Chapter in this post:
- 1 Same procedure as for macOS Mojave and Catalina
- 2 Install macOS Big Sur and Catalina in parallel
- 3 Boot selection: Which operating system should the Mac start with?
- 4 Spontaneous selection: Select the macOS version when the Mac starts up
- 5 More articles on macOS 11.0: Installation, problems and solutions
Thanks to the APFS file system, it is very easy on the Apple Mac to install two operating systems in parallel on one hard drive - and that without partitions. In the past, hard disks had to be broken down into individual virtual parts (partitions), today it is sufficient to set up a so-called APFS volume. How you do it, how you can use it to install macOS Big Sur and Catalina in parallel, and how you choose which operating system should boot when the Apple Mac starts, you will find out everything in this guide.
Same procedure as with macOS Mojave and Catalina
Last year I already gave you instructions on how to use the APFS file system on the Mac's startup volume for the parallel installation of two operating systems. You can find them under this title: Install macOS Catalina without a partition parallel to Mojave. If, instead of macOS 10.14 and 10.15, you plan to double use the Mac hard drive with macOS 10.15 and macOS 11.0, you basically proceed in the same way as a year ago. The advantages are very clear: In contrast to a partition, an APFS volume simply has to be added to the existing list. No storage space has to be reserved for this, as it grows dynamically and only uses the storage space that it really needs.
Install macOS Big Sur and Catalina in parallel
So if you want to install macOS Big Sur and Catalina in parallel without a partition, then proceed as follows:
- Open that Disk Utility (via Utilities folder, Launchpad or Spotlight)
- Checks whether your hard drive (probably “Macintosh HD”) is an APFS volume
- If so, click on the "+" (plus sign) above the term "Volume"
- Enter the name for the new volume, for example "Big Sur"
- Leave the format at APFS and confirm the creation of the new storage compartment
Once that's done, you've already reserved the storage location for the new operating system. To install macOS 10.15 Big Sur at the same time with an existing macOS 11.0 Catalina, simply work through the following step-by-step instructions:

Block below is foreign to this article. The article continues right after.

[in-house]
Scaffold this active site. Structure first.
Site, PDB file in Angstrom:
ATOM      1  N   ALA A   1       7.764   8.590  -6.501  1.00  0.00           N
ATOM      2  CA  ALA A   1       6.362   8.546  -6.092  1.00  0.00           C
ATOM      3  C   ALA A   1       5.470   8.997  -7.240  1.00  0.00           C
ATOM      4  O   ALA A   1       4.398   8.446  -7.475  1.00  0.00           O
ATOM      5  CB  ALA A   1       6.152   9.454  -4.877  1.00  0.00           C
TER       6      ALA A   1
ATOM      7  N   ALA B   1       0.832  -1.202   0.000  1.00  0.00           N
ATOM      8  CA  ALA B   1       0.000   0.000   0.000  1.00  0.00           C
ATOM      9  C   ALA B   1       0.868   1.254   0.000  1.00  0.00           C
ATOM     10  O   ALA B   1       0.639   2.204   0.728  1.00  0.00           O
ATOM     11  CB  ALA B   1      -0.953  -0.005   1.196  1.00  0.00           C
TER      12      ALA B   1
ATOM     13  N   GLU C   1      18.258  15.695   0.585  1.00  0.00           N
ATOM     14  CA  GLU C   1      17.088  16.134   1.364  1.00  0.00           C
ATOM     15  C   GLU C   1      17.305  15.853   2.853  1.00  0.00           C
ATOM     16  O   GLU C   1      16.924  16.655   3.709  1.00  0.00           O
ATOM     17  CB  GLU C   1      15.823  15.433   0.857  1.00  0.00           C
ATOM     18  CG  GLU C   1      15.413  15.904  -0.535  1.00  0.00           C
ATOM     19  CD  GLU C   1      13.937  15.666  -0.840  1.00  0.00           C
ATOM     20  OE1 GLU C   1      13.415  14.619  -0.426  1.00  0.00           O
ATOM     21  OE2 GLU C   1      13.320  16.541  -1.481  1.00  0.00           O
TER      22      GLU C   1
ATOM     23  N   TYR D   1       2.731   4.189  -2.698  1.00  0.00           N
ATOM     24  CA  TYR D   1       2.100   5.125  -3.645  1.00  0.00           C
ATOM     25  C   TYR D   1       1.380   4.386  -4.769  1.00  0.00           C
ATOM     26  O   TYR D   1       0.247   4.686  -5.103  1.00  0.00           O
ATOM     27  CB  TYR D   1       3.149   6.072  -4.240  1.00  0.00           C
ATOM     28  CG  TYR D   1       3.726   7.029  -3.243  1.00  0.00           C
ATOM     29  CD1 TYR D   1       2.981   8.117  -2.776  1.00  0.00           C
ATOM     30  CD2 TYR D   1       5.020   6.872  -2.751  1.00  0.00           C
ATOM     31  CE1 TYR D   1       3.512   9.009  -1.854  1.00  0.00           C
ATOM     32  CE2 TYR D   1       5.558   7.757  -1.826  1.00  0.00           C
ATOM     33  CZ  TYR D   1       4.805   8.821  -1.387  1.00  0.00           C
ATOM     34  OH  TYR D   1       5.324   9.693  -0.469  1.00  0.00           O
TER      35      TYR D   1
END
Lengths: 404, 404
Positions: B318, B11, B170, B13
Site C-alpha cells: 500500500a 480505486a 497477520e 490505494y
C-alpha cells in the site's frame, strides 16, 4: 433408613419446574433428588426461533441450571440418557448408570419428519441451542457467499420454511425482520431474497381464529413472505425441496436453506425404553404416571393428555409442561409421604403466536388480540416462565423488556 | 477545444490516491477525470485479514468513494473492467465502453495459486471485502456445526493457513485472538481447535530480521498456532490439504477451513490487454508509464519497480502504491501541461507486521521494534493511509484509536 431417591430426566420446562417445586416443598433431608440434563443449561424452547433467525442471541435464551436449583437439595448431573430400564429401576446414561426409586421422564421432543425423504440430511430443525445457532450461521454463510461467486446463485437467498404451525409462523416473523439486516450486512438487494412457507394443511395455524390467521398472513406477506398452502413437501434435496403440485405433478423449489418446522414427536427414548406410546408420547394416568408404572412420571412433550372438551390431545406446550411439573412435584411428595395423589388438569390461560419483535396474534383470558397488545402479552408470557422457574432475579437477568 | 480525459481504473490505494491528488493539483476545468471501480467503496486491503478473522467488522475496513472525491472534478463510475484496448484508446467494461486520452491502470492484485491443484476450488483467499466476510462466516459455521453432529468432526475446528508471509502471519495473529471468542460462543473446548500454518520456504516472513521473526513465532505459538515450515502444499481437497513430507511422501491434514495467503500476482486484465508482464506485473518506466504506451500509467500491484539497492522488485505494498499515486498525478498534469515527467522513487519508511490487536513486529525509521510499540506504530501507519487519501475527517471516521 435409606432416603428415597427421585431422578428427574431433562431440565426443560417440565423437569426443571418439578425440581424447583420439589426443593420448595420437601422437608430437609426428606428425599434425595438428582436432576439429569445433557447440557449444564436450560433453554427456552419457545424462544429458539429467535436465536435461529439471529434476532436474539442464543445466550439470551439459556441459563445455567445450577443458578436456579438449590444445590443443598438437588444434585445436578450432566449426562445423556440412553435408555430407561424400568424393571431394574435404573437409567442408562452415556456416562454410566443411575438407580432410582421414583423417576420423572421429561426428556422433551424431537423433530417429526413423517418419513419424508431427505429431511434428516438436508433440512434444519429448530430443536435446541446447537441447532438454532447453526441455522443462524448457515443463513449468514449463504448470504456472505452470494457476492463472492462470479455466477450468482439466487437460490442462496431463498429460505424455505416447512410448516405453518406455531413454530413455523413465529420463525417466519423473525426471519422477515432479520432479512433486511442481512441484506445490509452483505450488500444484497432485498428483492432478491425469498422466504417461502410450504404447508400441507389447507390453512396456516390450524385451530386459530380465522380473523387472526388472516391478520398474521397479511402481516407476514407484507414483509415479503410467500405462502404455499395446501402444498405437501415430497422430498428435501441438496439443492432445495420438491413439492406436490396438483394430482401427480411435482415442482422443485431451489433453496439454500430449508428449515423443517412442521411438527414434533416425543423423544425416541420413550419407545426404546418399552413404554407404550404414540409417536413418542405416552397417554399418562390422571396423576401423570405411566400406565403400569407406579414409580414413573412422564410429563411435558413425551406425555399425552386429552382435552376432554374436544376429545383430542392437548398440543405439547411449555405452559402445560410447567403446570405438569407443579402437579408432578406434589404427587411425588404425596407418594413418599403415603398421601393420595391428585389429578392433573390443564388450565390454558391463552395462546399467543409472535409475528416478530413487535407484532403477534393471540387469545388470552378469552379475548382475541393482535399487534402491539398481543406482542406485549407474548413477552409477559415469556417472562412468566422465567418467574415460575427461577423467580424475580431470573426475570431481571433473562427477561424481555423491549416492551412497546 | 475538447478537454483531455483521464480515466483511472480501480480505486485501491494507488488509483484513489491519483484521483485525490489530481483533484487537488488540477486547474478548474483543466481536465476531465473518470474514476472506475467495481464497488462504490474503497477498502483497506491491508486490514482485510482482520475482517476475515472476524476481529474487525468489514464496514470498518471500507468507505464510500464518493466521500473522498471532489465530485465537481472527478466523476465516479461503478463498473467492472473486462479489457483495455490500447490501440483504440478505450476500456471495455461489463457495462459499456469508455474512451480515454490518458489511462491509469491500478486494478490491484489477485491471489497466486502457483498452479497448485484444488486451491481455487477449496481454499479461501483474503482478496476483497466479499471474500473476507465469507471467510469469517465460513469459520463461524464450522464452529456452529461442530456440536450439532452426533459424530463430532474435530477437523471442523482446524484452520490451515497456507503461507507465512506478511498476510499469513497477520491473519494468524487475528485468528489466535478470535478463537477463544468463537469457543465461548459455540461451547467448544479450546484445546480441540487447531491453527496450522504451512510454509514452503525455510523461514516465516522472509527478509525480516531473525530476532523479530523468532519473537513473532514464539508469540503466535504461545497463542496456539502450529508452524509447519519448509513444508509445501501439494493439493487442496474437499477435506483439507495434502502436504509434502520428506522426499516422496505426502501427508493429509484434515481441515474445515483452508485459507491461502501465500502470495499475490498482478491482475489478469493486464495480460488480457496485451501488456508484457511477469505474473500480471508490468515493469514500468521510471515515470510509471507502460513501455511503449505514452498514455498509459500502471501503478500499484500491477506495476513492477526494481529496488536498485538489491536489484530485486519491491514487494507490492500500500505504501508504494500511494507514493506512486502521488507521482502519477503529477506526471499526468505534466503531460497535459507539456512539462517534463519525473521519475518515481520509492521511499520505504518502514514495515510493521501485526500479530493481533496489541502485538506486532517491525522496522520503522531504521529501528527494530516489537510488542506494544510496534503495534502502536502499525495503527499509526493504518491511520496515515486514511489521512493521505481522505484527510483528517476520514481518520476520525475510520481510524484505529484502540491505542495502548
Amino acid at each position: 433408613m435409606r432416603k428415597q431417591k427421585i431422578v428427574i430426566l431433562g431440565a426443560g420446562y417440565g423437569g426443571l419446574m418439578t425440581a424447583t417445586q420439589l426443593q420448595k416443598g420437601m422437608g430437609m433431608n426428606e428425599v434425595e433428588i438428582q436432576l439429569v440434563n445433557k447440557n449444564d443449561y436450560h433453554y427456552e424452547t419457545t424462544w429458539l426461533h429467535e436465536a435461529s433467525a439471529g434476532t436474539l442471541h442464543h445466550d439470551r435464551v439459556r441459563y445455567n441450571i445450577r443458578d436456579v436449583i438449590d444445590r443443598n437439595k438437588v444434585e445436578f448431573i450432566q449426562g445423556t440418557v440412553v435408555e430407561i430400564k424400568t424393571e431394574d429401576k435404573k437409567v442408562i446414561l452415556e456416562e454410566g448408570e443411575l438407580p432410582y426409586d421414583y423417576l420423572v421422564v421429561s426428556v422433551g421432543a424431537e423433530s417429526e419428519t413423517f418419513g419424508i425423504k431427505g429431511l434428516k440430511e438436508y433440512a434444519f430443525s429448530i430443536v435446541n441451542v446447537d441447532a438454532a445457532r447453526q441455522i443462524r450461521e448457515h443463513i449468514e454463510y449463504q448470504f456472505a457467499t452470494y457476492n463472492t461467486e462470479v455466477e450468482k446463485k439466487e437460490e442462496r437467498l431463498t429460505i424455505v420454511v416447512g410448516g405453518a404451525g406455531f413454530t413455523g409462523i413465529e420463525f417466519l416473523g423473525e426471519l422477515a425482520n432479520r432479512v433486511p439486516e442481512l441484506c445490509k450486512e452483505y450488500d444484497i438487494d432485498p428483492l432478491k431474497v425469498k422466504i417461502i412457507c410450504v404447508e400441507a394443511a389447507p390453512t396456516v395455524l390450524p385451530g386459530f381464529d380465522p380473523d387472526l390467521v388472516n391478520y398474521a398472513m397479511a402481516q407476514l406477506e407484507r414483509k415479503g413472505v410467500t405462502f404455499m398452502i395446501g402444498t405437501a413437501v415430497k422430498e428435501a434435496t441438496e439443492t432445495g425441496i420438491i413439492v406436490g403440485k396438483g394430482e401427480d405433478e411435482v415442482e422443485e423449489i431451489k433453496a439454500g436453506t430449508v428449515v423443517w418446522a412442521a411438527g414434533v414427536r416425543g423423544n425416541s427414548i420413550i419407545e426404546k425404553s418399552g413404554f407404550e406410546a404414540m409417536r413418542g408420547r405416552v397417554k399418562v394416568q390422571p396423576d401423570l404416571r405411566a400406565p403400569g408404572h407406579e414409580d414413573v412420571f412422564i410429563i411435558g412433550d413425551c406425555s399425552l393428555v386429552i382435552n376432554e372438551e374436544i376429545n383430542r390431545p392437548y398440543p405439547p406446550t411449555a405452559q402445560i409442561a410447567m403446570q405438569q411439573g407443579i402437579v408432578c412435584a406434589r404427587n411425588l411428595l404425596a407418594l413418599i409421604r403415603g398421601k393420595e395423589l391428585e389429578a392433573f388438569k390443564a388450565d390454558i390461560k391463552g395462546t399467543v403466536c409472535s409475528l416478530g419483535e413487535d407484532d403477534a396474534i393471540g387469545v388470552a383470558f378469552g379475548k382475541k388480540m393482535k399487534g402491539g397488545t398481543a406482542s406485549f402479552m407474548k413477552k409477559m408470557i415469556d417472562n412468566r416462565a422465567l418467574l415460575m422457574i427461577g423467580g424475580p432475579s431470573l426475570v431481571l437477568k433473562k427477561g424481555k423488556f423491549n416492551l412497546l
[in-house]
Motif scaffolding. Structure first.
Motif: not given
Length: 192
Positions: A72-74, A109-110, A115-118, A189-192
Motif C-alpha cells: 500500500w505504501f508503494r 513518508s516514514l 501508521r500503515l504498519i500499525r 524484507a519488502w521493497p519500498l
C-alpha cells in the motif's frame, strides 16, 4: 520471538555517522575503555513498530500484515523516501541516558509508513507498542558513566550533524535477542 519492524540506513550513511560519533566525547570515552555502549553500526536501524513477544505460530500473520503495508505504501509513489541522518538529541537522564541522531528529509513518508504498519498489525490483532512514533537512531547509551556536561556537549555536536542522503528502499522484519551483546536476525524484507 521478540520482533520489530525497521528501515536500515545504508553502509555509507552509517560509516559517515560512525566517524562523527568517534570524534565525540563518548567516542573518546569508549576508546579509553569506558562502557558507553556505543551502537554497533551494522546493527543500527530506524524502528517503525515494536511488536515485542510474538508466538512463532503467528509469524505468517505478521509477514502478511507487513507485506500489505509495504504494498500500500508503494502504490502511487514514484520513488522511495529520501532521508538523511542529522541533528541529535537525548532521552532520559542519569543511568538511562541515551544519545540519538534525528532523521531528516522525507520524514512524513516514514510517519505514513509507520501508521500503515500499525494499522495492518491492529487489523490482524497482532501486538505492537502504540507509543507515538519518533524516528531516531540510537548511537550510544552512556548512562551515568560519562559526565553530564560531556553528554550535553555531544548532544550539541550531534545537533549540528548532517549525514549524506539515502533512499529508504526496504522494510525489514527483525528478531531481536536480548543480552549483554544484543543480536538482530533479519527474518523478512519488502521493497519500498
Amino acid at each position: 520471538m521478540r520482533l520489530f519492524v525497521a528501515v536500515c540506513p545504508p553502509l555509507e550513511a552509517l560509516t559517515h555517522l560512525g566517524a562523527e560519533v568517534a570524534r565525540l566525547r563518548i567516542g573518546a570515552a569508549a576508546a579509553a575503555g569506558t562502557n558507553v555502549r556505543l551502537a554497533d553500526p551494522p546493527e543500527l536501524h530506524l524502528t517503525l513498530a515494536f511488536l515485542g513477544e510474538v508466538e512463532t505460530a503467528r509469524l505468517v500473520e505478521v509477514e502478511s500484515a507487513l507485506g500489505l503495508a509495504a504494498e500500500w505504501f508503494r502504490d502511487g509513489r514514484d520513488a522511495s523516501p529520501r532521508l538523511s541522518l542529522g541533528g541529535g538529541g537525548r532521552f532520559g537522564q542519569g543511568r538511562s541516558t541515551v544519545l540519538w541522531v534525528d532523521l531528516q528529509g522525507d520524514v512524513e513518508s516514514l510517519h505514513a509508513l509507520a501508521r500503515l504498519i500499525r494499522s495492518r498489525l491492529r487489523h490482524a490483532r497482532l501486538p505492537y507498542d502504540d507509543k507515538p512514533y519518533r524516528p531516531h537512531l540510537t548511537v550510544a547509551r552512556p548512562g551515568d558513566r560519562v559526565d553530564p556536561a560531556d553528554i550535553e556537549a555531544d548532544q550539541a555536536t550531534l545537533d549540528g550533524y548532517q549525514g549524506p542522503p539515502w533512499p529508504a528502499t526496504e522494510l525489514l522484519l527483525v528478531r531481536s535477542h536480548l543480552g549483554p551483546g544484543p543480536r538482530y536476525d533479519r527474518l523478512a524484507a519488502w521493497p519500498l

- Start the macOS Big Sur installer from your hard drive
- On the overview of the installation locations (at least) the current volume is now displayed
- Click on "Show all volumes ..." to also display the newly created volume
- If this appears in the overview (or was it seen before), select it as the destination
- Install macOS Big Sur on the new APFS volume
Boot selection: Which operating system should the Mac start up with?
So now you have two operating systems on the hard drive of your Apple computer. The question arises as to which one should start with. You can easily set this via the system settings. Simply click on the Mac menu ( symbol) in the top left of the menu bar and then on "System Preferences ...". Then click on "Startup Disk". After the installation described above, you should see a volume with "macOS, 10.15.7" and one with "macOS, 11.0.1" (version status: 16.11.2020). Select one of them and restart your Mac - if necessary or to try it out.
Spontaneous selection: Select the macOS version when the Mac starts up
If you don't want to first select the primary operating system and then start the secondary from it, there is a short shortcut. Appropriately, the so-called option key is used for this. This is also called option or old and may have the symbol ⌥ printed on it. If you hold down this key immediately after turning on the Mac, you will get to the startup disk selection. This avoids the problem that switching from one macOS to another during operation always involves a restart. A virtual execution, such as Windows via Parallels Desktop or Linux via a virtual machine, is not offered by Apple.
More articles on macOS 11.0: Installation, Problems and Solutions
Now you can install macOS 11.0 Big Sur and macOS 10.15 Catalina in parallel without a partition. Thanks to Apple's own file system APFS (Apple File System), this is very easy, which already helped with the Catalina installation next to Mojave last year. If you want to take a closer look at Big Sur, I can recommend these posts here in the blog:
- macOS Big Sur (11.0) - should I install the update?
- macOS Big Sur 11.0.1 is available for download
- macOS Big Sur Error: Installation Failed
- macOS Big Sur - These apps are not running or incompatible
- macOS 11.0 Big Sur problems and solutions
Jens has been running the blog since 2012. He appears as Sir Apfelot for his readers and helps them with problems of a technical nature. In his free time he drives electric unicycles, takes photos (preferably with his iPhone, of course), climbs around in the Hessian mountains or hikes with the family. His articles deal with Apple products, news from the world of drones or solutions for current bugs.
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